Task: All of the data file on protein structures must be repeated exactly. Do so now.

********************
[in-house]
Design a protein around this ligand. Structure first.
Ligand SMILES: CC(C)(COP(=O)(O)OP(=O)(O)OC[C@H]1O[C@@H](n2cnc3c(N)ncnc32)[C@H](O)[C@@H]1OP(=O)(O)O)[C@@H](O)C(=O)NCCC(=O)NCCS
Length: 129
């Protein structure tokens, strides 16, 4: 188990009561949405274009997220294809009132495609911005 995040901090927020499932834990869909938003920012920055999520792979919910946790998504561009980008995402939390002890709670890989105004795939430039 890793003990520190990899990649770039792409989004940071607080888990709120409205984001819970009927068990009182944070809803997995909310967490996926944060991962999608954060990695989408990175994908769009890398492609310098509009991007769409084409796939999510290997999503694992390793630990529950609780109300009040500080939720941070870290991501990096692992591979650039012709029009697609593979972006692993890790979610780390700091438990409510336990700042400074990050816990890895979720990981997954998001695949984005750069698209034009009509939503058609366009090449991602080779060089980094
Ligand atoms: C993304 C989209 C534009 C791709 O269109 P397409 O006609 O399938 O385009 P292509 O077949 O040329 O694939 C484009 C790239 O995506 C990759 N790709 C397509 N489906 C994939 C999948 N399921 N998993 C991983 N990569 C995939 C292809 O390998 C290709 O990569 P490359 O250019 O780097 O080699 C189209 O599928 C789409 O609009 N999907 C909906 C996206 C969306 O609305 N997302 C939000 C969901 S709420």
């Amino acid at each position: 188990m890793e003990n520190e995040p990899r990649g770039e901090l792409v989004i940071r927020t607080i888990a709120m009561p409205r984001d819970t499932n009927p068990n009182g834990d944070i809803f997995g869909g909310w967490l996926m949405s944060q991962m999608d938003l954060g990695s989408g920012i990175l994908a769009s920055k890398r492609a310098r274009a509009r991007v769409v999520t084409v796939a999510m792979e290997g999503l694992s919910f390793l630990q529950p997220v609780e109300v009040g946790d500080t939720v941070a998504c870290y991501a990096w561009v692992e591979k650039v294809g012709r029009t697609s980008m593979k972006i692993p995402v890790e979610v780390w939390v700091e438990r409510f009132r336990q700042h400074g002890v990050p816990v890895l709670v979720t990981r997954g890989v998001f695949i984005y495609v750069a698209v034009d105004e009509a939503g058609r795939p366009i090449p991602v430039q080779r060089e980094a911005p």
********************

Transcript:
[in-house]
Design a protein around this ligand. Structure first.
Ligand SMILES: CC(C)(COP(=O)(O)OP(=O)(O)OC[C@H]1O[C@@H](n2cnc3c(N)ncnc32)[C@H](O)[C@@H]1OP(=O)(O)O)[C@@H](O)C(=O)NCCC(=O)NCCS
Length: 129
């Protein structure tokens, strides 16, 4: 188990009561949405274009997220294809009132495609911005 995040901090927020499932834990869909938003920012920055999520792979919910946790998504561009980008995402939390002890709670890989105004795939430039 890793003990520190990899990649770039792409989004940071607080888990709120409205984001819970009927068990009182944070809803997995909310967490996926944060991962999608954060990695989408990175994908769009890398492609310098509009991007769409084409796939999510290997999503694992390793630990529950609780109300009040500080939720941070870290991501990096692992591979650039012709029009697609593979972006692993890790979610780390700091438990409510336990700042400074990050816990890895979720990981997954998001695949984005750069698209034009009509939503058609366009090449991602080779060089980094
Ligand atoms: C993304 C989209 C534009 C791709 O269109 P397409 O006609 O399938 O385009 P292509 O077949 O040329 O694939 C484009 C790239 O995506 C990759 N790709 C397509 N489906 C994939 C999948 N399921 N998993 C991983 N990569 C995939 C292809 O390998 C290709 O990569 P490359 O250019 O780097 O080699 C189209 O599928 C789409 O609009 N999907 C909906 C996206 C969306 O609305 N997302 C939000 C969901 S709420």
């Amino acid at each position: 188990m890793e003990n520190e995040p990899r990649g770039e901090l792409v989004i940071r927020t607080i888990a709120m009561p409205r984001d819970t499932n009927p068990n009182g834990d944070i809803f997995g869909g909310w967490l996926m949405s944060q991962m999608d938003l954060g990695s989408g920012i990175l994908a769009s920055k890398r492609a310098r274009a509009r991007v769409v999520t084409v796939a999510m792979e290997g999503l694992s919910f390793l630990q529950p997220v609780e109300v009040g946790d500080t939720v941070a998504c870290y991501a990096w561009v692992e591979k650039v294809g012709r029009t697609s980008m593979k972006i692993p995402v890790e979610v780390w939390v700091e438990r409510f009132r336990q700042h400074g002890v990050p816990v890895l709670v979720t990981r997954g890989v998001f695949i984005y495609v750069a698209v034009d105004e009509a939503g058609r795939p366009i090449p991602v430039q080779r060089e980094a911005p």